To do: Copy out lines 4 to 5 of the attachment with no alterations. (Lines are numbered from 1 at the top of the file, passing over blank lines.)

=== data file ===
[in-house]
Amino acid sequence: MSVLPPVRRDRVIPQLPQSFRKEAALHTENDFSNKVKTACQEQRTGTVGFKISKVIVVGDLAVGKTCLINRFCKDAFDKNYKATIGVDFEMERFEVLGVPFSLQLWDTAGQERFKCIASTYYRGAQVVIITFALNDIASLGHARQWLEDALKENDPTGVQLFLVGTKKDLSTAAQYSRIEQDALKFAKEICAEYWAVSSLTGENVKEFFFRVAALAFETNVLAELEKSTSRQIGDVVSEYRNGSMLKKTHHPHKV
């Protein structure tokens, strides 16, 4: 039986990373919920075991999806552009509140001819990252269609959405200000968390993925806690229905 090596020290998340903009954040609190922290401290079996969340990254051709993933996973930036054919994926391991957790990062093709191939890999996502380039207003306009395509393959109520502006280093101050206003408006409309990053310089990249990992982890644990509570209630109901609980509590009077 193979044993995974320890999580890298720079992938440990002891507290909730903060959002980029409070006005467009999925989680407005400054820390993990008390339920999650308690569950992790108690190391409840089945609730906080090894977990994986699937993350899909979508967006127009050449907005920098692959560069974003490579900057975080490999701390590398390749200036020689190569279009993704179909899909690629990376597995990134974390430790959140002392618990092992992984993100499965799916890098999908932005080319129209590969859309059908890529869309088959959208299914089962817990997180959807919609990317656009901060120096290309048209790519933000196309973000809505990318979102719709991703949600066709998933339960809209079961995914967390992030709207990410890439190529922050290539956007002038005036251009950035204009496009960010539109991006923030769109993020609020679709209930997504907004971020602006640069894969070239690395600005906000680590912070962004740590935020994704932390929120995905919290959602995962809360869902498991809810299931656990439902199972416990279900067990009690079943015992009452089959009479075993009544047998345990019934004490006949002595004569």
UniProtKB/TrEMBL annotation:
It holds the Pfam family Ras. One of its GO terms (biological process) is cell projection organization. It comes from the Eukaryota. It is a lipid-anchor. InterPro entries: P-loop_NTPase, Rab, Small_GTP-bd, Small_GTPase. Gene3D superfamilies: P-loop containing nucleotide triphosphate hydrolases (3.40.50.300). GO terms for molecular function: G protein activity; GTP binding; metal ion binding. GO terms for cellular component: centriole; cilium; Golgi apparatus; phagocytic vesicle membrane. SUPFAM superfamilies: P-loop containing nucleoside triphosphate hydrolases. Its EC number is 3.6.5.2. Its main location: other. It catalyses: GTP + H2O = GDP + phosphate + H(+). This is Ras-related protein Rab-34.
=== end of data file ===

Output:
UniProtKB/TrEMBL annotation:
It holds the Pfam family Ras. One of its GO terms (biological process) is cell projection organization. It comes from the Eukaryota. It is a lipid-anchor. InterPro entries: P-loop_NTPase, Rab, Small_GTP-bd, Small_GTPase. Gene3D superfamilies: P-loop containing nucleotide triphosphate hydrolases (3.40.50.300). GO terms for molecular function: G protein activity; GTP binding; metal ion binding. GO terms for cellular component: centriole; cilium; Golgi apparatus; phagocytic vesicle membrane. SUPFAM superfamilies: P-loop containing nucleoside triphosphate hydrolases. Its EC number is 3.6.5.2. Its main location: other. It catalyses: GTP + H2O = GDP + phosphate + H(+). This is Ras-related protein Rab-34.